|The 21 Years of My Life I Wish I Could Change — Part 2|
For those of you who are reading this and who read the first part of my journey, I want to say it will get better, but it is not easy.
I have found that my journey through this process has its ups and downs. After a short lived stint of happiness and enjoying life again, I found myself slipping back into depression. Sure, there are times in everyone’s life that we all get depressed, but my depression has been on a whole different level. The sad, alone and horrible feelings that I had before came back, and they have been extremely hard to get rid of. The daunting task of waking up to my alarm, putting my uniform on and heading to work has been exhausting. I could feel it sucking the life out of me as I’d get closer to another day surrounded by inmates, negativity and ugliness. I found myself leaving for work an hour earlier than normal, only to park my car in a secluded pullout and cry. I’d sit and drink my coffee in the silence, dreading the day that’s to come and cry. When I arrived to work I acted like everything was okay and went through the motions, plugging away and being fake to my Officers, because I didn’t want them to think their Sergeant was weak and falling apart. I have a job to do, and it is what I signed up for.
When it’d be time to get off of work, I’d leave exhausted, barely able to drive home without falling asleep. And when I’d get home, I’d just want to go somewhere quiet and be left alone. I hated this part because my family needs me. My kids need their dad, and my wife needs her husband, but I didn’t know where he was. I’d lost him and I missed him terribly. I missed that guy that looked forward to coming home and being with his loved ones. I missed the once funny and happy person who had once again disappeared from my life. I’m sure my family missed him also. I missed the guy who looked forward to things and found joy in simple things like the sunrise, the sunset, the smell of fresh cut grass, the sound of birds chirping, the sound of my kids laughing, seeing their beautiful smiling faces and looking into my wife’s beautiful eyes. Those things were still there, but it was a struggle to enjoy them.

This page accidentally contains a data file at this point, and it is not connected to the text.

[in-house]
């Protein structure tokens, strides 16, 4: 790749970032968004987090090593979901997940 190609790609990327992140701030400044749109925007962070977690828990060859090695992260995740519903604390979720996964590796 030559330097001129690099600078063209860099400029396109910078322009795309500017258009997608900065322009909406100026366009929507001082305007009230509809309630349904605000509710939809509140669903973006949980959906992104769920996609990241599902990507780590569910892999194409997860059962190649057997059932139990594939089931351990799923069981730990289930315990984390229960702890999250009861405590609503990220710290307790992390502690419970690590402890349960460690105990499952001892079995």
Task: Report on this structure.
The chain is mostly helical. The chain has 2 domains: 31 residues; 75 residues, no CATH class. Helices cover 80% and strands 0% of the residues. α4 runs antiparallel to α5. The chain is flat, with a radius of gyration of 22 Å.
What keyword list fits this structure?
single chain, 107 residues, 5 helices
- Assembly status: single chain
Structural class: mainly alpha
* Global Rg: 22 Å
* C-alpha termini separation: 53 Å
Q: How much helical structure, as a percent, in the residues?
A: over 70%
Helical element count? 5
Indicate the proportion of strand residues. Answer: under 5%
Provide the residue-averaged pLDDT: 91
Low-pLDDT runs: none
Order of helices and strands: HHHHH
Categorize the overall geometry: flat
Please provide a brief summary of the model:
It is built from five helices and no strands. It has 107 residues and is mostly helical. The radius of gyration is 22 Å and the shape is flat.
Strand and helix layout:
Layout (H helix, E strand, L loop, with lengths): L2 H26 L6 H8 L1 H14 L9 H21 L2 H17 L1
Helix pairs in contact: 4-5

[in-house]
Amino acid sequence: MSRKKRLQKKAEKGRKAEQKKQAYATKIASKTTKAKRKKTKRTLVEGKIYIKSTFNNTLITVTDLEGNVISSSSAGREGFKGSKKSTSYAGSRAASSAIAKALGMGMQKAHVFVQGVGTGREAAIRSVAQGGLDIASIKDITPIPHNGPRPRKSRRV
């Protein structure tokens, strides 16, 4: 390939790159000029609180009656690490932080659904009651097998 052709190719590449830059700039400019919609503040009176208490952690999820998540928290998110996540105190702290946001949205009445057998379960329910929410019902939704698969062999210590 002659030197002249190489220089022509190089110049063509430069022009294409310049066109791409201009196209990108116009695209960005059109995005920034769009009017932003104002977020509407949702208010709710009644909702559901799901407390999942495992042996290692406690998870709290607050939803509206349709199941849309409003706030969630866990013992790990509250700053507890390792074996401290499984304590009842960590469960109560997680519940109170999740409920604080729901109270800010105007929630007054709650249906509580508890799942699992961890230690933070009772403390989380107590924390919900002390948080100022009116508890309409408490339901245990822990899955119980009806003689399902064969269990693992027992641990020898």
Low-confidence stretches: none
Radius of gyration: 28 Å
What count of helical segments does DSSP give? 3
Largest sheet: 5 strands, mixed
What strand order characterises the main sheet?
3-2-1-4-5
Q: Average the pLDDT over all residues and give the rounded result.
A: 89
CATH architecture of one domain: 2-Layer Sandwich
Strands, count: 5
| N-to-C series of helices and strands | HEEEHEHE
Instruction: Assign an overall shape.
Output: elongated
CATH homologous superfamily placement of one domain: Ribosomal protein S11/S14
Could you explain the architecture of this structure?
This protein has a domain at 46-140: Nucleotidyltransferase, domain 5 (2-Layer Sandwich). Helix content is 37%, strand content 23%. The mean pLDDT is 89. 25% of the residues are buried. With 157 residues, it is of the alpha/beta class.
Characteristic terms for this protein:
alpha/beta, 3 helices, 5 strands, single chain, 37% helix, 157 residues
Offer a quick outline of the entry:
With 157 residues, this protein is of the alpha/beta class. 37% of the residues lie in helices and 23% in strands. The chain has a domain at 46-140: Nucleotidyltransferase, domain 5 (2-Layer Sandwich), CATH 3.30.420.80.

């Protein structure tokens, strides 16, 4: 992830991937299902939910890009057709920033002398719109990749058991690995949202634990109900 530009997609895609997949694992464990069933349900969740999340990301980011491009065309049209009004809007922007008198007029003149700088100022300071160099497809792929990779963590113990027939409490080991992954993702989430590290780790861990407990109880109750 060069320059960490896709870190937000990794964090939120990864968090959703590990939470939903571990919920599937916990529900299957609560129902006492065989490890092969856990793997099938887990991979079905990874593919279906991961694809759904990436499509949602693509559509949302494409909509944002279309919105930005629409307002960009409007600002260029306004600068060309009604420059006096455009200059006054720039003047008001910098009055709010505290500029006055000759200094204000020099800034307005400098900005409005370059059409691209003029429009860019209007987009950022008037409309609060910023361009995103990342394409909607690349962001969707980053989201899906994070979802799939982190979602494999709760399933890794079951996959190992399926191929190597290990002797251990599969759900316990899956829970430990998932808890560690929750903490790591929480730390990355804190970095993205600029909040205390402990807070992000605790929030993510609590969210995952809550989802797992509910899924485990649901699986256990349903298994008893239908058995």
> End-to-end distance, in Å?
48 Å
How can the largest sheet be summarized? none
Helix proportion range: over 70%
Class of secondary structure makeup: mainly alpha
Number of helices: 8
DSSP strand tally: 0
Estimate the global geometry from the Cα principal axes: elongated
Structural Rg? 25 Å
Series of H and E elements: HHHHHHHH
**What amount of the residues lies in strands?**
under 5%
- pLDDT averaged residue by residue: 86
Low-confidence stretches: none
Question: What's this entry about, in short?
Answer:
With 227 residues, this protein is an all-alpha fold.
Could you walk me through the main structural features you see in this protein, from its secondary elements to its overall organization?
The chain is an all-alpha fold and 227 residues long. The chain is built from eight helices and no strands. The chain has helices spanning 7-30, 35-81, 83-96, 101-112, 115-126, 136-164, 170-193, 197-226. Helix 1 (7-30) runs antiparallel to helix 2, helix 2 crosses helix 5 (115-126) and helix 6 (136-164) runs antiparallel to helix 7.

I addressed these feelings and issues with my therapist, and we both agreed it was time to visit the medication part again. I agreed that there was something missing, and I know that there is a very logical medical explanation as to why a person needs to take medication for depression, but I just needed to be ready for it. I wasn’t ready to take it before, and I was managing without it.
It has been explained to me that I need to rewire my brain and my way of thinking. It sounds easy, but it’s not. You see I’ve been in this funk for so many years, that it’s all I know. Like I explained in my first article, I’m comfortable with it and of course miserable, but comfortable. It sounds strange, but all these years of negativity, trauma and the heightened awareness have hurt my brain, and now it’s not functioning in a healthy way.